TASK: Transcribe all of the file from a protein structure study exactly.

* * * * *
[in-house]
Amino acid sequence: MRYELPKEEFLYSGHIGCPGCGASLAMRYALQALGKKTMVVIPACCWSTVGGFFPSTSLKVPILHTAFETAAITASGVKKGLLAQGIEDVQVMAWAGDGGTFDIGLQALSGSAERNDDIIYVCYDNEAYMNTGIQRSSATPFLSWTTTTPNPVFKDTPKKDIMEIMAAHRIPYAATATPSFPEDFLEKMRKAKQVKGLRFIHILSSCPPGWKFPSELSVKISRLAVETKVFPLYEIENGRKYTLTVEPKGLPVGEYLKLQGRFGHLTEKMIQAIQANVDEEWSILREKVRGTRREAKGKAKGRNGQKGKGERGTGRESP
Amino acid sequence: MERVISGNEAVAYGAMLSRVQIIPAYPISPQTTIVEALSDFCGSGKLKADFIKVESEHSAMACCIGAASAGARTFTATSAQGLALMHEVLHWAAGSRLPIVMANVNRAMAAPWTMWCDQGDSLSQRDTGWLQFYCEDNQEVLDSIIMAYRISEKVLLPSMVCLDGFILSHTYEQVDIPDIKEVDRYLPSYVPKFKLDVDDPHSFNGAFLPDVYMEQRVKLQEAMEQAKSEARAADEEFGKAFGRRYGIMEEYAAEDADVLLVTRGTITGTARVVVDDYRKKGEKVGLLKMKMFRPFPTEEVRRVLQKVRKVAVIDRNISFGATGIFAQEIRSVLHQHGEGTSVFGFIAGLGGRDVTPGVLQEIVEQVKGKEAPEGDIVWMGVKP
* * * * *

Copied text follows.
[in-house]
Amino acid sequence: MRYELPKEEFLYSGHIGCPGCGASLAMRYALQALGKKTMVVIPACCWSTVGGFFPSTSLKVPILHTAFETAAITASGVKKGLLAQGIEDVQVMAWAGDGGTFDIGLQALSGSAERNDDIIYVCYDNEAYMNTGIQRSSATPFLSWTTTTPNPVFKDTPKKDIMEIMAAHRIPYAATATPSFPEDFLEKMRKAKQVKGLRFIHILSSCPPGWKFPSELSVKISRLAVETKVFPLYEIENGRKYTLTVEPKGLPVGEYLKLQGRFGHLTEKMIQAIQANVDEEWSILREKVRGTRREAKGKAKGRNGQKGKGERGTGRESP
Amino acid sequence: MERVISGNEAVAYGAMLSRVQIIPAYPISPQTTIVEALSDFCGSGKLKADFIKVESEHSAMACCIGAASAGARTFTATSAQGLALMHEVLHWAAGSRLPIVMANVNRAMAAPWTMWCDQGDSLSQRDTGWLQFYCEDNQEVLDSIIMAYRISEKVLLPSMVCLDGFILSHTYEQVDIPDIKEVDRYLPSYVPKFKLDVDDPHSFNGAFLPDVYMEQRVKLQEAMEQAKSEARAADEEFGKAFGRRYGIMEEYAAEDADVLLVTRGTITGTARVVVDDYRKKGEKVGLLKMKMFRPFPTEEVRRVLQKVRKVAVIDRNISFGATGIFAQEIRSVLHQHGEGTSVFGFIAGLGGRDVTPGVLQEIVEQVKGKEAPEGDIVWMGVKP